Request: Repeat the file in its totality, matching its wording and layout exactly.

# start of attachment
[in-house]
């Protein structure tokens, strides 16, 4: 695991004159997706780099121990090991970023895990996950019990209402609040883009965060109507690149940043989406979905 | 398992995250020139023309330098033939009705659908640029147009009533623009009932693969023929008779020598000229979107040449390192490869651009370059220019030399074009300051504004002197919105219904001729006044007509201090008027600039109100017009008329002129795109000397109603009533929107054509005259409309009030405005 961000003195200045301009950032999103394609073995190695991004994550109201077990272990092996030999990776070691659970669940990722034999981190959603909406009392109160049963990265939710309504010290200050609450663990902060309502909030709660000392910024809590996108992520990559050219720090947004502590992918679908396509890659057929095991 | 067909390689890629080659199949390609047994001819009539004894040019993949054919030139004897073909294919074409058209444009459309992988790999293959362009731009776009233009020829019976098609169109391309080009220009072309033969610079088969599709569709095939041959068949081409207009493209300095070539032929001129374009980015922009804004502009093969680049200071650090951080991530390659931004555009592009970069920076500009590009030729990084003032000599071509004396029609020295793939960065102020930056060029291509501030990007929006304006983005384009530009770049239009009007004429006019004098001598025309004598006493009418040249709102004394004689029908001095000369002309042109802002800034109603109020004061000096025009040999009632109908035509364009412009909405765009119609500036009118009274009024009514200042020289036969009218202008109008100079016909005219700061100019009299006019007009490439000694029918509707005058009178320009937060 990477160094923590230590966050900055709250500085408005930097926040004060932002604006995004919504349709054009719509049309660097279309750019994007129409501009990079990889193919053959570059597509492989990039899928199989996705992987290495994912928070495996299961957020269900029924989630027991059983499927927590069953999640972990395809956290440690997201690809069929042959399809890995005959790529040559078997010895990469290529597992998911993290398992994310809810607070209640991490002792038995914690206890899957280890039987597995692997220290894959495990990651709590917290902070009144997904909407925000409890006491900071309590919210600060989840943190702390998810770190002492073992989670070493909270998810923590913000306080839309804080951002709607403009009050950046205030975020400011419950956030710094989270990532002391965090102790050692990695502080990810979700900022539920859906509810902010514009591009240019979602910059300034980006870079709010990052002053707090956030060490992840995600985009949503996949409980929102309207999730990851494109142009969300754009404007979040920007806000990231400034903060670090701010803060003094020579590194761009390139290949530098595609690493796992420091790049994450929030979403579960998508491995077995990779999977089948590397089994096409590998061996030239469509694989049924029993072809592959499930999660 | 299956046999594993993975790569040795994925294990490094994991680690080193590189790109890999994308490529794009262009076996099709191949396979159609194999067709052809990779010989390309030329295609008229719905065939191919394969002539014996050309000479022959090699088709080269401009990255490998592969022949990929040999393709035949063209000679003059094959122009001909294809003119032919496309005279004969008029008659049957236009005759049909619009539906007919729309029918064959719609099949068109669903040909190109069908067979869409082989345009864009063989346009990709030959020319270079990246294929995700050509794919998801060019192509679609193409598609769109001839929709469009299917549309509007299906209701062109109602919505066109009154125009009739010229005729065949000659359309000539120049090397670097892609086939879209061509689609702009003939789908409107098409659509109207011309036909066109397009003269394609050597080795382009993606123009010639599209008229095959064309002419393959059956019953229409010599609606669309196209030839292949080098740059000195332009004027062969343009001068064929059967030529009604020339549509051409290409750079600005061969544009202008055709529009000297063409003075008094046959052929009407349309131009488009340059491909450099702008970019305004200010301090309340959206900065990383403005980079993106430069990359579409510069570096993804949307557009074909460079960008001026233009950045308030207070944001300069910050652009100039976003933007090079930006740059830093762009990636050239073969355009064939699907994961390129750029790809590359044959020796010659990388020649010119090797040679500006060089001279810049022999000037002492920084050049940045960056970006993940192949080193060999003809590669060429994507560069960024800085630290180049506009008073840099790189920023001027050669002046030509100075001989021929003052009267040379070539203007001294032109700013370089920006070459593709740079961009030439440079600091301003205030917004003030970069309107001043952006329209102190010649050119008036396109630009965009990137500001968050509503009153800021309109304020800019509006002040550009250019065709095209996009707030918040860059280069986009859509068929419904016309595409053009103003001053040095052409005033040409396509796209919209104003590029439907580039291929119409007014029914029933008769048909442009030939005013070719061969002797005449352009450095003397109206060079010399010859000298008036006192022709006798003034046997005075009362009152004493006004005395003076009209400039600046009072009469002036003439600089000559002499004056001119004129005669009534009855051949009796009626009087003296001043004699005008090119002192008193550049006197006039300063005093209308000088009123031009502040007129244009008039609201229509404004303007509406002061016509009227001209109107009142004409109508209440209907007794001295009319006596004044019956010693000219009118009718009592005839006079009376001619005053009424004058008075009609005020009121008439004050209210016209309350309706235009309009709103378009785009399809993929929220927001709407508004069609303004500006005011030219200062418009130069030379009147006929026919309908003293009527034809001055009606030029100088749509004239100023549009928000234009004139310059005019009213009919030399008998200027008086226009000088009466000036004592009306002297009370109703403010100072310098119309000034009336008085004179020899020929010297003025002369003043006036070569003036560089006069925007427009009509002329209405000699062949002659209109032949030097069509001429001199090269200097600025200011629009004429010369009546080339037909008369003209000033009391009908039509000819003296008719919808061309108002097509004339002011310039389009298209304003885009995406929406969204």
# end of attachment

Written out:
[in-house]
């Protein structure tokens, strides 16, 4: 695991004159997706780099121990090991970023895990996950019990209402609040883009965060109507690149940043989406979905 | 398992995250020139023309330098033939009705659908640029147009009533623009009932693969023929008779020598000229979107040449390192490869651009370059220019030399074009300051504004002197919105219904001729006044007509201090008027600039109100017009008329002129795109000397109603009533929107054509005259409309009030405005 961000003195200045301009950032999103394609073995190695991004994550109201077990272990092996030999990776070691659970669940990722034999981190959603909406009392109160049963990265939710309504010290200050609450663990902060309502909030709660000392910024809590996108992520990559050219720090947004502590992918679908396509890659057929095991 | 067909390689890629080659199949390609047994001819009539004894040019993949054919030139004897073909294919074409058209444009459309992988790999293959362009731009776009233009020829019976098609169109391309080009220009072309033969610079088969599709569709095939041959068949081409207009493209300095070539032929001129374009980015922009804004502009093969680049200071650090951080991530390659931004555009592009970069920076500009590009030729990084003032000599071509004396029609020295793939960065102020930056060029291509501030990007929006304006983005384009530009770049239009009007004429006019004098001598025309004598006493009418040249709102004394004689029908001095000369002309042109802002800034109603109020004061000096025009040999009632109908035509364009412009909405765009119609500036009118009274009024009514200042020289036969009218202008109008100079016909005219700061100019009299006019007009490439000694029918509707005058009178320009937060 990477160094923590230590966050900055709250500085408005930097926040004060932002604006995004919504349709054009719509049309660097279309750019994007129409501009990079990889193919053959570059597509492989990039899928199989996705992987290495994912928070495996299961957020269900029924989630027991059983499927927590069953999640972990395809956290440690997201690809069929042959399809890995005959790529040559078997010895990469290529597992998911993290398992994310809810607070209640991490002792038995914690206890899957280890039987597995692997220290894959495990990651709590917290902070009144997904909407925000409890006491900071309590919210600060989840943190702390998810770190002492073992989670070493909270998810923590913000306080839309804080951002709607403009009050950046205030975020400011419950956030710094989270990532002391965090102790050692990695502080990810979700900022539920859906509810902010514009591009240019979602910059300034980006870079709010990052002053707090956030060490992840995600985009949503996949409980929102309207999730990851494109142009969300754009404007979040920007806000990231400034903060670090701010803060003094020579590194761009390139290949530098595609690493796992420091790049994450929030979403579960998508491995077995990779999977089948590397089994096409590998061996030239469509694989049924029993072809592959499930999660 | 299956046999594993993975790569040795994925294990490094994991680690080193590189790109890999994308490529794009262009076996099709191949396979159609194999067709052809990779010989390309030329295609008229719905065939191919394969002539014996050309000479022959090699088709080269401009990255490998592969022949990929040999393709035949063209000679003059094959122009001909294809003119032919496309005279004969008029008659049957236009005759049909619009539906007919729309029918064959719609099949068109669903040909190109069908067979869409082989345009864009063989346009990709030959020319270079990246294929995700050509794919998801060019192509679609193409598609769109001839929709469009299917549309509007299906209701062109109602919505066109009154125009009739010229005729065949000659359309000539120049090397670097892609086939879209061509689609702009003939789908409107098409659509109207011309036909066109397009003269394609050597080795382009993606123009010639599209008229095959064309002419393959059956019953229409010599609606669309196209030839292949080098740059000195332009004027062969343009001068064929059967030529009604020339549509051409290409750079600005061969544009202008055709529009000297063409003075008094046959052929009407349309131009488009340059491909450099702008970019305004200010301090309340959206900065990383403005980079993106430069990359579409510069570096993804949307557009074909460079960008001026233009950045308030207070944001300069910050652009100039976003933007090079930006740059830093762009990636050239073969355009064939699907994961390129750029790809590359044959020796010659990388020649010119090797040679500006060089001279810049022999000037002492920084050049940045960056970006993940192949080193060999003809590669060429994507560069960024800085630290180049506009008073840099790189920023001027050669002046030509100075001989021929003052009267040379070539203007001294032109700013370089920006070459593709740079961009030439440079600091301003205030917004003030970069309107001043952006329209102190010649050119008036396109630009965009990137500001968050509503009153800021309109304020800019509006002040550009250019065709095209996009707030918040860059280069986009859509068929419904016309595409053009103003001053040095052409005033040409396509796209919209104003590029439907580039291929119409007014029914029933008769048909442009030939005013070719061969002797005449352009450095003397109206060079010399010859000298008036006192022709006798003034046997005075009362009152004493006004005395003076009209400039600046009072009469002036003439600089000559002499004056001119004129005669009534009855051949009796009626009087003296001043004699005008090119002192008193550049006197006039300063005093209308000088009123031009502040007129244009008039609201229509404004303007509406002061016509009227001209109107009142004409109508209440209907007794001295009319006596004044019956010693000219009118009718009592005839006079009376001619005053009424004058008075009609005020009121008439004050209210016209309350309706235009309009709103378009785009399809993929929220927001709407508004069609303004500006005011030219200062418009130069030379009147006929026919309908003293009527034809001055009606030029100088749509004239100023549009928000234009004139310059005019009213009919030399008998200027008086226009000088009466000036004592009306002297009370109703403010100072310098119309000034009336008085004179020899020929010297003025002369003043006036070569003036560089006069925007427009009509002329209405000699062949002659209109032949030097069509001429001199090269200097600025200011629009004429010369009546080339037909008369003209000033009391009908039509000819003296008719919808061309108002097509004339002011310039389009298209304003885009995406929406969204």